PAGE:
A new index compares and contrasts different countries to see what aspects of the cultural and business climate are key to fostering female-led businesses, as well as ranking nations for their friendliness to female founders. 

By Jessica Stillman (Editor, Women 2.0)

Which countries are friendliest to women starting up and why?

That’s the question the Global Entrepreneurship and Development Institute together with Dell delved into, comparing the institutions, access to technology and capital, and entrepreneurship culture of 17 countries to see which factors were most important for women’s entrepreneurial success. The results were announced at  The Dell Women’s Entrepreneur Network conference in Istanbul recently.

So what did the report find? You probably won’t be too shocked to hear that the U.S. took the top slot as the country that’s best for female founders, but the rest of the rankings (and what they reveal about nurturing women’s startup dreams) might surprise you more. Here’s the complete list:

  1. United States
  2. Australia

  3. Germany

  4. France

  5. Mexico

  6. United Kingdom

  7. South Africa

  8. China

  9. Malaysia

  10. Russia

  11. Turkey

  12. Japan

  13. Morocco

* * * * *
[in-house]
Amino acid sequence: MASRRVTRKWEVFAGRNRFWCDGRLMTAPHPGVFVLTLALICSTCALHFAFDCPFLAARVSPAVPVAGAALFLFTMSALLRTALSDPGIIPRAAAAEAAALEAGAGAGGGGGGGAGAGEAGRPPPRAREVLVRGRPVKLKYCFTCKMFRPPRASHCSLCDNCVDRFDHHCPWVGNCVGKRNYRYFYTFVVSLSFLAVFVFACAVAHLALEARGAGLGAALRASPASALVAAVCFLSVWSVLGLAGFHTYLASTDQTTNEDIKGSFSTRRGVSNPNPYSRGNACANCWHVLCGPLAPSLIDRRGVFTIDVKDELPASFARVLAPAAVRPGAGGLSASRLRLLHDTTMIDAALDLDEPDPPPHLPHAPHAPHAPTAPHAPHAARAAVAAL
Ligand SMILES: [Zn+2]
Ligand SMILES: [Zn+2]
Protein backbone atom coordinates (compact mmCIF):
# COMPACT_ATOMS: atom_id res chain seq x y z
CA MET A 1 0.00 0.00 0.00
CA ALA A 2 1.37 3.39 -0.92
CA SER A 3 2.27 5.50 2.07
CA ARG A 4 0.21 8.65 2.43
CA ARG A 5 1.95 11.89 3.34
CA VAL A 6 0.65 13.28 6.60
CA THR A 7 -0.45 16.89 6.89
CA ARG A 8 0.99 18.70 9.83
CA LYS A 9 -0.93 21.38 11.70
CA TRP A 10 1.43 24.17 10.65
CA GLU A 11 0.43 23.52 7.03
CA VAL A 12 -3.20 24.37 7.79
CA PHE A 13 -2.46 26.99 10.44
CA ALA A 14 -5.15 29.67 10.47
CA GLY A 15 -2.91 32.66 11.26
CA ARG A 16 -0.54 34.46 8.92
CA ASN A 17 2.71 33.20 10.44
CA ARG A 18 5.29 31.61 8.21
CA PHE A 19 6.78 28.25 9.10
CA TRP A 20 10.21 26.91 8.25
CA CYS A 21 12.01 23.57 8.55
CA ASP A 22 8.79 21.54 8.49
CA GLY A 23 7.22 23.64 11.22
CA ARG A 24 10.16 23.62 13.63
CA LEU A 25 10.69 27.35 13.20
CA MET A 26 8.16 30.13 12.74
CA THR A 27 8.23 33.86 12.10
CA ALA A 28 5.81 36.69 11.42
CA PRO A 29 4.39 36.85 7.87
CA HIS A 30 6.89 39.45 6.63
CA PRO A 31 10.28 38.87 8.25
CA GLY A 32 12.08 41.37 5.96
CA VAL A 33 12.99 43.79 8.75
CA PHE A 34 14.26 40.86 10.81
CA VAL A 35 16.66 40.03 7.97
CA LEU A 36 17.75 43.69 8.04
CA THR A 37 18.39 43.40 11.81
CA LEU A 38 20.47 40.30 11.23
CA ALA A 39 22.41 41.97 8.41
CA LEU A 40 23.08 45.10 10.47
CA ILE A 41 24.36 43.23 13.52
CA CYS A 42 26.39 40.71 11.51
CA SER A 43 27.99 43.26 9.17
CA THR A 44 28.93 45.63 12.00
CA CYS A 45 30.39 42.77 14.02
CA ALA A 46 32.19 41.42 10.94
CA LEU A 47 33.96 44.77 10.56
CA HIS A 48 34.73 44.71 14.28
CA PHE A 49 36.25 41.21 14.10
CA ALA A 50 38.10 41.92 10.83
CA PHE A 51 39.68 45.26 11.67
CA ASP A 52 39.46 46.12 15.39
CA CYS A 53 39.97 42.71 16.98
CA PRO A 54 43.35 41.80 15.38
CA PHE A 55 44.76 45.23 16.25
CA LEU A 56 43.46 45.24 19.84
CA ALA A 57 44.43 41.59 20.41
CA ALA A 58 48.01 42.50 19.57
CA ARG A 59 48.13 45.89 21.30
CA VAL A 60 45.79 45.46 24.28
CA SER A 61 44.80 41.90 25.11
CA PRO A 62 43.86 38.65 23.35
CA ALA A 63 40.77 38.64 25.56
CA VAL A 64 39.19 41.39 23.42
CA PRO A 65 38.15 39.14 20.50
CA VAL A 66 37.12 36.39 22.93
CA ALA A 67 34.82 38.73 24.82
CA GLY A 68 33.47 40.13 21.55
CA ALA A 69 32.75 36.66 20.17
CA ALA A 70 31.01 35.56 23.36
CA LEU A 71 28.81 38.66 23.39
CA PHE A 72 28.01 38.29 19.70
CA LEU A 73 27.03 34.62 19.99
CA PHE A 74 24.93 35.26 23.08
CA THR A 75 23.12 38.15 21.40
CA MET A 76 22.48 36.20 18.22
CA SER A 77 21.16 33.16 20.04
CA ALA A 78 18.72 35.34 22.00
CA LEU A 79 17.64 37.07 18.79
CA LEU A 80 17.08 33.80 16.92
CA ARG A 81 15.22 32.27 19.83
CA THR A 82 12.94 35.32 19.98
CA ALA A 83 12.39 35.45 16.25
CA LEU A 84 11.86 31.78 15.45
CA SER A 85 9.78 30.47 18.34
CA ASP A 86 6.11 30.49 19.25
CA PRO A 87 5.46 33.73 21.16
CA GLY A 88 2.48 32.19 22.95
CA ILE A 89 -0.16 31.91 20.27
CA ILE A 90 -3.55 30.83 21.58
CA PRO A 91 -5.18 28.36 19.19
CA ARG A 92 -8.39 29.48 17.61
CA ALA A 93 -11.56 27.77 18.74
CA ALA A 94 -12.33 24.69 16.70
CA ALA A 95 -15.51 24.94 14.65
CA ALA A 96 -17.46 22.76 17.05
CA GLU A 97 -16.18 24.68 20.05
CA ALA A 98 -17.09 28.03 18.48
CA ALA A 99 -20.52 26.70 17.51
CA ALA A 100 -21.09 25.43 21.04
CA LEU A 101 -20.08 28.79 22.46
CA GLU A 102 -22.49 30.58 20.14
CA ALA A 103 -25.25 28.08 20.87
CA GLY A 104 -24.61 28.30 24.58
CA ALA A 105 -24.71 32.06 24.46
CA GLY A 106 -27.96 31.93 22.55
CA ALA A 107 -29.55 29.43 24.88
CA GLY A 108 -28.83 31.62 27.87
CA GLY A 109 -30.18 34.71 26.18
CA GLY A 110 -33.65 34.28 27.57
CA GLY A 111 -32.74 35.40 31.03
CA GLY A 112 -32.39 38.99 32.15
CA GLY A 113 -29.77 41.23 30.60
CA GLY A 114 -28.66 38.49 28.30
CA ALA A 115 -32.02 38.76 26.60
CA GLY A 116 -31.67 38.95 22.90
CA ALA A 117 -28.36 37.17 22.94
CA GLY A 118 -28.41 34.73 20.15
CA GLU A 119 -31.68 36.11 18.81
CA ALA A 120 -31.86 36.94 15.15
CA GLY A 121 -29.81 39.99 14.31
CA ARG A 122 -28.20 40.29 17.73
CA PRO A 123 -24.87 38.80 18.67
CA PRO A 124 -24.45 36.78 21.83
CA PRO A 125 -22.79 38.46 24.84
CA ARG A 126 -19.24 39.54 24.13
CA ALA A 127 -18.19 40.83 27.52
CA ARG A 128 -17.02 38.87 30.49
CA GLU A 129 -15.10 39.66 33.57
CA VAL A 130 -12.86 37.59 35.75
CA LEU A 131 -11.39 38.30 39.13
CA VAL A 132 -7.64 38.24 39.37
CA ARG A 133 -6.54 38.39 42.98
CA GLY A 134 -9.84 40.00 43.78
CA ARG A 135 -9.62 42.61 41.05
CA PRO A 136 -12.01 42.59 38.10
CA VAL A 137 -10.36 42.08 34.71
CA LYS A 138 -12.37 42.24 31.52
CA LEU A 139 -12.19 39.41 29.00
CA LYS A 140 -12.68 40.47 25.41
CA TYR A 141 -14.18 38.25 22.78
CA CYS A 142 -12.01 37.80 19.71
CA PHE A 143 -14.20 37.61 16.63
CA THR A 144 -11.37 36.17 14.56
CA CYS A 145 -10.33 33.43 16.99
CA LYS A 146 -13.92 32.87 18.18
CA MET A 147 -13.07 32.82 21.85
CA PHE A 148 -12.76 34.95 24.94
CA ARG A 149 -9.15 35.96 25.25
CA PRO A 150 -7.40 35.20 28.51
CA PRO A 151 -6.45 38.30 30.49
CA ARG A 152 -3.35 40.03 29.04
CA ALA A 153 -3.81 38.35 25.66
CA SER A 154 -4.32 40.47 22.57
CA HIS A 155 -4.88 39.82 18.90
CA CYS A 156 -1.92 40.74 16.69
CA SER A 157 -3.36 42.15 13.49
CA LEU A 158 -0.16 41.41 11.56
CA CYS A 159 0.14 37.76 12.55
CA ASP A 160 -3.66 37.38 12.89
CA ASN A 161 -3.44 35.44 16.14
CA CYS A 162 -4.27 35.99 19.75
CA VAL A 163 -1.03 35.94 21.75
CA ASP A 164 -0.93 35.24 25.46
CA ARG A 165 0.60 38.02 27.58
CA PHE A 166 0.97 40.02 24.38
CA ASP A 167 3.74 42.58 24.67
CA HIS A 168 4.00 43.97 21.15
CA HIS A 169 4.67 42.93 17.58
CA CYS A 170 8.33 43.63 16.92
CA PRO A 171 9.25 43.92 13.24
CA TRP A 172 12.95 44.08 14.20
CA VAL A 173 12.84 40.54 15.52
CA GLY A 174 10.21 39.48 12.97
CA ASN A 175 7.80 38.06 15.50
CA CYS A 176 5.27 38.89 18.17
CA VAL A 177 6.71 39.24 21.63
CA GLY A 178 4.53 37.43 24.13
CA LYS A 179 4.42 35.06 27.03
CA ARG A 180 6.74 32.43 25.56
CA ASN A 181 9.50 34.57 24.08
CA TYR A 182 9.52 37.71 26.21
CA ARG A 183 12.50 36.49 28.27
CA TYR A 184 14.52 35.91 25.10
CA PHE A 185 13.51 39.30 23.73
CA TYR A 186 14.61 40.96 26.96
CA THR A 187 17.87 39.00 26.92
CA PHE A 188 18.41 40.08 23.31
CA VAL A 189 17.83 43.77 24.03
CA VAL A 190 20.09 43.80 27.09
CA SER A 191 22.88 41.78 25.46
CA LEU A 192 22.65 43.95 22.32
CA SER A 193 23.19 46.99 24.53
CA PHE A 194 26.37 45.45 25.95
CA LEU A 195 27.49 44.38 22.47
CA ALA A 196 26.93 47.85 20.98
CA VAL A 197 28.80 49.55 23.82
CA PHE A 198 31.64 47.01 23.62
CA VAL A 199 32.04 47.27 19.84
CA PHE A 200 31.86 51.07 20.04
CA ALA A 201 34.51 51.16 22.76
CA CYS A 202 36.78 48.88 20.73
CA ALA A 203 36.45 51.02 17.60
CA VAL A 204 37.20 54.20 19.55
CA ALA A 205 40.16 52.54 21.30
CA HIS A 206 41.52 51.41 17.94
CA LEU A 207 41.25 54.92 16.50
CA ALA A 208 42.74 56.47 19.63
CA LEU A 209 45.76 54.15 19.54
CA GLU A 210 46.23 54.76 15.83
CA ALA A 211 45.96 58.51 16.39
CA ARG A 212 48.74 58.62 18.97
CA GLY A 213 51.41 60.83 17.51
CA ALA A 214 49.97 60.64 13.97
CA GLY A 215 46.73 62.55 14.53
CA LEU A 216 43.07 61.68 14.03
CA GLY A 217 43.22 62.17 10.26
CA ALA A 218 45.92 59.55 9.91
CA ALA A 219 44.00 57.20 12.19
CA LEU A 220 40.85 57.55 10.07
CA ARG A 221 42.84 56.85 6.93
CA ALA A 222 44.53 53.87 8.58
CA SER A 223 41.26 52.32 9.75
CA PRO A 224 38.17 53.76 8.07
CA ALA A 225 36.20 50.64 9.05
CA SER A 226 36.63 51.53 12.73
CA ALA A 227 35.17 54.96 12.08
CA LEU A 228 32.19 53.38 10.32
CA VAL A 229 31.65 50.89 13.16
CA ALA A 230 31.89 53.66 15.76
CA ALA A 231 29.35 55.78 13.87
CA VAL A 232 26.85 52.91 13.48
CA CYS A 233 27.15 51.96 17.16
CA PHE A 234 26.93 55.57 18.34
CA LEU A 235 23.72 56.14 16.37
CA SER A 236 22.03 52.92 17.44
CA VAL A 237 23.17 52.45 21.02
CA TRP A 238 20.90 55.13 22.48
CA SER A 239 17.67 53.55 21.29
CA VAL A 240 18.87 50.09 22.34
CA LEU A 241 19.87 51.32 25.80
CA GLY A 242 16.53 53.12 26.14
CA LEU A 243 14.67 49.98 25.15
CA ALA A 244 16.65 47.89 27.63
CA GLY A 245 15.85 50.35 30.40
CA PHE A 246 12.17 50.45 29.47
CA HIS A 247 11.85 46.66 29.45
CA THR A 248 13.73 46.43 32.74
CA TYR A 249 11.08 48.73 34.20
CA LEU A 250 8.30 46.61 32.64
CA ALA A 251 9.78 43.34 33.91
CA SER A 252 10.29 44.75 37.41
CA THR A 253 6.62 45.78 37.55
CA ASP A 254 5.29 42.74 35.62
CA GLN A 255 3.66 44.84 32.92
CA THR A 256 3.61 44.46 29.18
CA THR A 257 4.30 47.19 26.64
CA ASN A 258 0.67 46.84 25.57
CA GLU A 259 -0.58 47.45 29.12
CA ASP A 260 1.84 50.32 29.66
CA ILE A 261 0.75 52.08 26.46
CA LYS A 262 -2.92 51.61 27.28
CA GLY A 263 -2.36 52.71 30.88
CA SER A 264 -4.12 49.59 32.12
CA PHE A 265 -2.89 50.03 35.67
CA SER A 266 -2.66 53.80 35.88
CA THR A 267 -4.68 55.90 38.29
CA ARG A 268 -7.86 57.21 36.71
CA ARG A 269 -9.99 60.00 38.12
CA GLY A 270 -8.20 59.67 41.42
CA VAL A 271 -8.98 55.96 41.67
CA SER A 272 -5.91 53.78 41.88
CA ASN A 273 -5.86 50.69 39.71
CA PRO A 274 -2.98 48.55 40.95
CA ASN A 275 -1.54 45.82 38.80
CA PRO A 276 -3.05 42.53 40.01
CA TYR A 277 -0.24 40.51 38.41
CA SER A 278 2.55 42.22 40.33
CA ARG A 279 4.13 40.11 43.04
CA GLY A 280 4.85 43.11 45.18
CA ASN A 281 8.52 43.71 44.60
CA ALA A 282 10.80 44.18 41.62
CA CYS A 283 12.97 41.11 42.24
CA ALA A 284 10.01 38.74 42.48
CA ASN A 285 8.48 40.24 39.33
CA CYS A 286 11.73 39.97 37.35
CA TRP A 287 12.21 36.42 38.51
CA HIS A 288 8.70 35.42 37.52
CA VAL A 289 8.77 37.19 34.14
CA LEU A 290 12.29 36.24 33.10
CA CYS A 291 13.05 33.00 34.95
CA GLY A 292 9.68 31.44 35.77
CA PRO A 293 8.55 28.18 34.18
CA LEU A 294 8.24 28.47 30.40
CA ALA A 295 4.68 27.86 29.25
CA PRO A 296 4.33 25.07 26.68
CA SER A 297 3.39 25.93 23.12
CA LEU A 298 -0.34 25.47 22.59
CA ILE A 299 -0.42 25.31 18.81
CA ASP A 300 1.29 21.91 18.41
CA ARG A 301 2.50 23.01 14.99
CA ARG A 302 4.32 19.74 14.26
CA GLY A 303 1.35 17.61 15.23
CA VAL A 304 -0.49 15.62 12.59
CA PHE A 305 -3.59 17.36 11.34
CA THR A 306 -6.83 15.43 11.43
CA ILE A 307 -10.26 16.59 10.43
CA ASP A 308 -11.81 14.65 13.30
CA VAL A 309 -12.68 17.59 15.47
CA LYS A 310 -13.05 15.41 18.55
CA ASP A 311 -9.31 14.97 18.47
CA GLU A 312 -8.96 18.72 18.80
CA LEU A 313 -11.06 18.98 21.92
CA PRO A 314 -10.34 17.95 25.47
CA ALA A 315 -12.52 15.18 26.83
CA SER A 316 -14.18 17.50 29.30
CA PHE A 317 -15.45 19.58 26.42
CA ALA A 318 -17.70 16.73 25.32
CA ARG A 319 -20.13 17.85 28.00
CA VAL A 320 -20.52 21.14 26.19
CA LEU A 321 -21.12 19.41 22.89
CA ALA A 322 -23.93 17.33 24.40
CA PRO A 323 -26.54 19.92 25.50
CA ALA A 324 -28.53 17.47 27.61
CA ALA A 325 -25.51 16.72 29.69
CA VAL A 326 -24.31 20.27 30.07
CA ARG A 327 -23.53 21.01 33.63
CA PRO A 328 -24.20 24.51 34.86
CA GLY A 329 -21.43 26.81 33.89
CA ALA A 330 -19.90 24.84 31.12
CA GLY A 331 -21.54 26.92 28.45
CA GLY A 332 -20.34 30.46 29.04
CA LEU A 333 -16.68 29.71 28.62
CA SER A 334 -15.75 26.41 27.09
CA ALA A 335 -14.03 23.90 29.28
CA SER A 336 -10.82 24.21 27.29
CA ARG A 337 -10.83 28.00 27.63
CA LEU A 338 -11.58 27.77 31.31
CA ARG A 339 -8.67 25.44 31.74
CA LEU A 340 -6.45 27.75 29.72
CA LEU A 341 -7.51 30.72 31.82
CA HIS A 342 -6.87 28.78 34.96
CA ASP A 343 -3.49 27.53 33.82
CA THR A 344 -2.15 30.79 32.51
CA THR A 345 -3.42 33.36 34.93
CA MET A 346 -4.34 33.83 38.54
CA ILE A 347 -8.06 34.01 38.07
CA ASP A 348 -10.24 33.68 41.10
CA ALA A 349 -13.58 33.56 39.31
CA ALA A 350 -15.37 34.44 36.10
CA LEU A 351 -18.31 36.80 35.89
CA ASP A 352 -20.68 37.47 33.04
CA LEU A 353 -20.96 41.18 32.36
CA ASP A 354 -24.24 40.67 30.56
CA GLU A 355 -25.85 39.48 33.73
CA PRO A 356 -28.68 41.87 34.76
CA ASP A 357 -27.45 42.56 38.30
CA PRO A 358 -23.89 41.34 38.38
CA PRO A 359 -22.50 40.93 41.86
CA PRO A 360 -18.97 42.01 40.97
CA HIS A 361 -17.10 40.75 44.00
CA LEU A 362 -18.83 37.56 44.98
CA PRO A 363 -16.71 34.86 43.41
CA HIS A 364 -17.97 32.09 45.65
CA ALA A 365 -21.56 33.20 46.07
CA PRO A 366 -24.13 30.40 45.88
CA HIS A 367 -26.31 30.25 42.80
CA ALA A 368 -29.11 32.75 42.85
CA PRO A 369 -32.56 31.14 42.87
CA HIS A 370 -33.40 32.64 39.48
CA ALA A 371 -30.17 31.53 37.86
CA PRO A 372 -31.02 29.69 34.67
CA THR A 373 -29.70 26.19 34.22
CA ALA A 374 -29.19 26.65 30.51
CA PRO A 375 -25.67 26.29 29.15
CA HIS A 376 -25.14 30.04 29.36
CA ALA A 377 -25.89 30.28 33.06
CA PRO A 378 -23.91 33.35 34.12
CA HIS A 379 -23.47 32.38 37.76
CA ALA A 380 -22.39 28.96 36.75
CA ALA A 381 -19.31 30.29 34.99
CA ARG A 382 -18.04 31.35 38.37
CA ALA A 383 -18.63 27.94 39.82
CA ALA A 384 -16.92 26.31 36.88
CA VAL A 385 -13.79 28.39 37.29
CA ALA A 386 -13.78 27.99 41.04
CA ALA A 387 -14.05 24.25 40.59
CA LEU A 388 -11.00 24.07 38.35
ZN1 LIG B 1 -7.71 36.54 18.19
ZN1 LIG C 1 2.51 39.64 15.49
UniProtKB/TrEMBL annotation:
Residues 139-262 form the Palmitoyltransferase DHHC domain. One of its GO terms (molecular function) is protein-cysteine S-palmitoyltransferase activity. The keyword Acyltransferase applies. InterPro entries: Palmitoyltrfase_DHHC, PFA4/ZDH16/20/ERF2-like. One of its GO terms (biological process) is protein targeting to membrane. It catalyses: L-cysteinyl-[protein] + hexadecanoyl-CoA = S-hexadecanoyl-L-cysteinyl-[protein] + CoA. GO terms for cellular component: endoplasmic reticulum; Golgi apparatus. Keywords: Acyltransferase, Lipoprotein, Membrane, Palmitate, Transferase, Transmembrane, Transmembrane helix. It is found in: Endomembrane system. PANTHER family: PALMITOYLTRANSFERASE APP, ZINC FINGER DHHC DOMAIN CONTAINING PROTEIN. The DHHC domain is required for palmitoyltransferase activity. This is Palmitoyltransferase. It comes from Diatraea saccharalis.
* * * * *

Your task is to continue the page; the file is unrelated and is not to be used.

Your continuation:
14. Brazil

  15. Egypt

  16. India

  17. Uganda

With Mexico beating out the UK and China topping Japan, it’s clear that wealth alone isn’t enough to guarantee women’s entrepreneurial success. So what else is necessary?

Consistency in providing a variety of fundamentals is essential, the report found. “Top performing countries including the U.S. (No. 1) and Mexico (No. 5) scored consistently well across a wide range of indices, compared to low-performing countries, which were much more inconsistent. For example, India (No. 16) scored relatively high for ‘opportunity recognition,’ suggesting that the female population recognizes good opportunities for businesses where they live, but received low scores relating to ‘institutional foundations,’ indicating that the women’s ability to act on those perceived opportunities is limited,” the findings note.

“Being strong in key areas such as legal rights, education and access to finance do not automatically result in high-potential female entrepreneurship. In some countries, the business environment for success is right, but female entrepreneurship is still low,” the report also finds. In these cases, culture is often to blame. “Japan, U.K. and U.S. are all high income countries but Japan has the lowest percentage of female managers (9%) compared to U.S. (43%), leaving many women in Japan without the experience and skills to start their own businesses,” it says.

Also heartening for an organization like Women 2.0 that is dedicated to connecting women to each other: the study found female networks were also essential. “Networking with other entrepreneurs and having access to the Internet helps create opportunities for female entrepreneurs,” the report found.


Women 2.0 readers: What about these rankings most surprises you?

Jessica Stillman is an editor at Women 2.0 and a freelance writer with interests in unconventional career paths, generational differences, and the future of work. She writes a daily column for Inc.com and has blogged for CBS MoneyWatch, GigaOM and Brazen Careerist, among others. Follow her on Twitter at @entrylevelrebel.

Photo credit: Dell Inc. via Flickr